Personally, I always try to avoid filenames with blanks, usually by filling those places where less blank-phobic people would use them with underscores or hyphens. The filenames are still easy to decipher, and I don’t have to trouble myself with enclosing them in quotes when I want to use them. As a result, some of my files look like this:
I also rarely add .txt file extensions to the end of text files unless I plan to share them with my Windows system.
When blanks in file names are preferable for any reason, however, there are several easy ways to work with them. To reference existing files, you can enclose the filenames in single or double quotes. In fact, you can make this easier by starting with a quote mark, typing as much of the filename as needed to differentiate it from other files and then pressing the tab key to initiate filename completion. For example, typing the portion of a filename as shown in the example below and then pressing tab should add the rest of the filename to the “file n” beginning:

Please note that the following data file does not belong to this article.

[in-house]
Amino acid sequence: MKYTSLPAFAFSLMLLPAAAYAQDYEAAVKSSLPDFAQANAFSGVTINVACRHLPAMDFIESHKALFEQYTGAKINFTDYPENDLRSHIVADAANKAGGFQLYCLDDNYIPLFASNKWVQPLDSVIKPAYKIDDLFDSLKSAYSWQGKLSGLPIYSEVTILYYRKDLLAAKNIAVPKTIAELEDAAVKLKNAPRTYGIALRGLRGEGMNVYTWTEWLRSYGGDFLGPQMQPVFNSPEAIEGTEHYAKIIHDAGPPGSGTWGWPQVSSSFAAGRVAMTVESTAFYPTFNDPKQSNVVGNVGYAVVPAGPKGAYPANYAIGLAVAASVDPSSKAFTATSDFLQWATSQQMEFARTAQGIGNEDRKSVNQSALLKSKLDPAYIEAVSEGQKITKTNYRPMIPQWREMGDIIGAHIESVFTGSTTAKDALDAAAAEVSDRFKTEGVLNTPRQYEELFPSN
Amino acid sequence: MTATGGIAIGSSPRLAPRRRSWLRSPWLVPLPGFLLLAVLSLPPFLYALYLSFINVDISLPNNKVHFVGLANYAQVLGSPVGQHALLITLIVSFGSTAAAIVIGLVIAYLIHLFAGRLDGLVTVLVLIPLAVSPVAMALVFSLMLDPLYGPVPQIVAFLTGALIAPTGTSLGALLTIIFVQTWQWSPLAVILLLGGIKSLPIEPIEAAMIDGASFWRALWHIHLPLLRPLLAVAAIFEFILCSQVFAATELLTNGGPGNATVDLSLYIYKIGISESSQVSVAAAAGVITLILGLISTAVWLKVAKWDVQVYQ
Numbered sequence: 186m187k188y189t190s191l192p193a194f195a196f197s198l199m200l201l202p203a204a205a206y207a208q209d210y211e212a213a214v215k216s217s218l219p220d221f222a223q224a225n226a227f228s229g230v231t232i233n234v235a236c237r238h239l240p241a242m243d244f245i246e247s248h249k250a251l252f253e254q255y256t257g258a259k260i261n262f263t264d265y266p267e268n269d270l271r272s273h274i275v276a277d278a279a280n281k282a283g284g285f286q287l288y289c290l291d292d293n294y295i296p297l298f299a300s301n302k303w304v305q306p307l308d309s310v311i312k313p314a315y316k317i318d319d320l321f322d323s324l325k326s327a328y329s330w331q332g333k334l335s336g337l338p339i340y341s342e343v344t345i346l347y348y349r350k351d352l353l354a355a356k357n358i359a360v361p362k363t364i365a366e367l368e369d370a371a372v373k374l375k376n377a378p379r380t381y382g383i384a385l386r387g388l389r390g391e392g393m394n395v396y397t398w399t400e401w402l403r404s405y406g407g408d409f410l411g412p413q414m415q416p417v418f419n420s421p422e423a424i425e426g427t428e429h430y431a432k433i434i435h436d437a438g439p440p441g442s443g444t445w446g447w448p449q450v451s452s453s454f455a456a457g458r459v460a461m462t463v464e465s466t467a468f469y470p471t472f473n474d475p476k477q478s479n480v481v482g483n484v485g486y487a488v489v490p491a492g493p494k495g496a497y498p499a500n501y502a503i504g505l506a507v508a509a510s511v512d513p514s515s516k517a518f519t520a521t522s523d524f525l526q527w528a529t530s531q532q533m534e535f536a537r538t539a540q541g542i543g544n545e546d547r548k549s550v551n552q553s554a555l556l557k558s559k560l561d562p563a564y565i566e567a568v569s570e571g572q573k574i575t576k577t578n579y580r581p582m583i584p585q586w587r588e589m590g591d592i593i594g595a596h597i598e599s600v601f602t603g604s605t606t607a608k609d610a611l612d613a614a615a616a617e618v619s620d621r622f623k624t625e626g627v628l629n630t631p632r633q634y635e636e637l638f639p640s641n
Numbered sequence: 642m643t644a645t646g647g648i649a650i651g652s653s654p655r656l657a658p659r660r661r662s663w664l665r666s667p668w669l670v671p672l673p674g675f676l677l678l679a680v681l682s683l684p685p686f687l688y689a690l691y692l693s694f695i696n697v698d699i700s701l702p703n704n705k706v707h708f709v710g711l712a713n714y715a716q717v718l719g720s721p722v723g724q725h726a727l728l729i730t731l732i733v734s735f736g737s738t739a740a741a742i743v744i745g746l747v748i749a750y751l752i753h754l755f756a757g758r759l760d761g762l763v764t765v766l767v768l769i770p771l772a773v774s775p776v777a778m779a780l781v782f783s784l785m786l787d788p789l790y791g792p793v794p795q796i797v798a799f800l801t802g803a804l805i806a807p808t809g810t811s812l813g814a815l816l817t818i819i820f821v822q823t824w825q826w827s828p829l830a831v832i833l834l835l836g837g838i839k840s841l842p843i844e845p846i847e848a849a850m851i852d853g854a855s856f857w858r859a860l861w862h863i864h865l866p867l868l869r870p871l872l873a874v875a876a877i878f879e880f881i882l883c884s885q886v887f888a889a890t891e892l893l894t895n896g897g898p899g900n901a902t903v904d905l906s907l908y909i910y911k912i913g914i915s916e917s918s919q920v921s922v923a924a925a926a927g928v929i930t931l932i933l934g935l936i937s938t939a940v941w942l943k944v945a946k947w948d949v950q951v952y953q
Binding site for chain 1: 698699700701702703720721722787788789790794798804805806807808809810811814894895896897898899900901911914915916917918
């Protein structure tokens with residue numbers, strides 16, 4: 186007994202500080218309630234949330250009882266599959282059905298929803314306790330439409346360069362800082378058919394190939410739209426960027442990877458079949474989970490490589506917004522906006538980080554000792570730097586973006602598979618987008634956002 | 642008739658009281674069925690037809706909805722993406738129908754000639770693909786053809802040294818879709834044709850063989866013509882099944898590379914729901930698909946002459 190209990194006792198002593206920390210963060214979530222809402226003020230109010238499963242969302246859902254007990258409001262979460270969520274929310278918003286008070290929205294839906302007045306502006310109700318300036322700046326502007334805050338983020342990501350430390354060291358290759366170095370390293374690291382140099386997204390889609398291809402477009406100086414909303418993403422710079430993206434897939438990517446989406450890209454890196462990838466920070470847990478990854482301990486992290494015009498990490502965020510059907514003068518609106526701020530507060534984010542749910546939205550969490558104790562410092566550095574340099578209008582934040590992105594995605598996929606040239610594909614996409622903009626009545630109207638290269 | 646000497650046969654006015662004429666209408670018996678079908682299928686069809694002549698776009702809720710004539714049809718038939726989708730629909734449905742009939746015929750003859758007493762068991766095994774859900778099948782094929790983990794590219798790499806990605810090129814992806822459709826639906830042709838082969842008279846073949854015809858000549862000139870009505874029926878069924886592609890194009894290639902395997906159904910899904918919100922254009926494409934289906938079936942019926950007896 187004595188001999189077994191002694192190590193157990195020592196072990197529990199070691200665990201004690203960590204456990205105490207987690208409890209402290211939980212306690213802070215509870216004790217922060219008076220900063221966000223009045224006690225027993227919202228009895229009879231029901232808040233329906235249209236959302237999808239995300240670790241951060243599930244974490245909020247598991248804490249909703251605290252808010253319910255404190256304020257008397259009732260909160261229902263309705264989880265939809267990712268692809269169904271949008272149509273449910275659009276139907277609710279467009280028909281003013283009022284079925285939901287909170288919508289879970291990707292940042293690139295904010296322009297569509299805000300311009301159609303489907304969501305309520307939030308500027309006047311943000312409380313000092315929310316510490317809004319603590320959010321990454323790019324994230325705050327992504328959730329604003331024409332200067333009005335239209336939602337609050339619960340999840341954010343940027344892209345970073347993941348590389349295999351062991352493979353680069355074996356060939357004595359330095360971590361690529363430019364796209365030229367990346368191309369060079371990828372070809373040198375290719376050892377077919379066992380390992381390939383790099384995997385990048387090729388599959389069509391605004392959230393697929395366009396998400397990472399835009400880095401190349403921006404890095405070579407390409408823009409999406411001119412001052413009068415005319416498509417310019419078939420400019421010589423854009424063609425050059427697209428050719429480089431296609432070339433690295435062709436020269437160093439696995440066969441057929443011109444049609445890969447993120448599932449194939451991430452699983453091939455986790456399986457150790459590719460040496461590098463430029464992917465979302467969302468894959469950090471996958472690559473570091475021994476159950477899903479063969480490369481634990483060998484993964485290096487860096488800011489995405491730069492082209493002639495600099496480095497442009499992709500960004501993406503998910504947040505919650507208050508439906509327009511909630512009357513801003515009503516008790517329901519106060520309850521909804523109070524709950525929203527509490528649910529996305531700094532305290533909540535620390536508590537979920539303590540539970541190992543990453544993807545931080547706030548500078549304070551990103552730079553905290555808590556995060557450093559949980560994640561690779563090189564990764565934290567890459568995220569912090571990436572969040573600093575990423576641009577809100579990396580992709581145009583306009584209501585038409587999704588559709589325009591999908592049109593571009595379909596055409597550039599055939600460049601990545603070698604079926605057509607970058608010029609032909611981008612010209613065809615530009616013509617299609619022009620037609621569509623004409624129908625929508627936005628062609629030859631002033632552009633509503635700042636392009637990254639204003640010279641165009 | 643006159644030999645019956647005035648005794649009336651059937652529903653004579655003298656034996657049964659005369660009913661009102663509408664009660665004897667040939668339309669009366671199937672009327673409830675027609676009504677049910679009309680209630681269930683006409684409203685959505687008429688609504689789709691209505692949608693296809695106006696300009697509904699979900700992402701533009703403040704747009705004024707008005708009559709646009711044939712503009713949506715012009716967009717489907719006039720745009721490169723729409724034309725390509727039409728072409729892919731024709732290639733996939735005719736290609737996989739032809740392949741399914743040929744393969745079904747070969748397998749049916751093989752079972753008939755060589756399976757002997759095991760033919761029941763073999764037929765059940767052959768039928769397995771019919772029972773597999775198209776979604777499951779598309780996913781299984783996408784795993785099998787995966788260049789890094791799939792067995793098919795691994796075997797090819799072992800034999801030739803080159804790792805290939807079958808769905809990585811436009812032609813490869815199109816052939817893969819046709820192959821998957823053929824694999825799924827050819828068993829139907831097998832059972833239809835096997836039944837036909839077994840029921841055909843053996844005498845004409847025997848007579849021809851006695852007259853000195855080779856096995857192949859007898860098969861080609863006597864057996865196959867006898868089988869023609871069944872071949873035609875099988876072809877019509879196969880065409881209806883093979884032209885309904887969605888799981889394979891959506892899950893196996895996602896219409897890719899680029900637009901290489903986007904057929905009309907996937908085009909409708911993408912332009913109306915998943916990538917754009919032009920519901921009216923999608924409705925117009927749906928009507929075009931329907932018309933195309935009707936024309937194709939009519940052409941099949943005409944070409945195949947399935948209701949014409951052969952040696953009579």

Source:: Network World – Data Center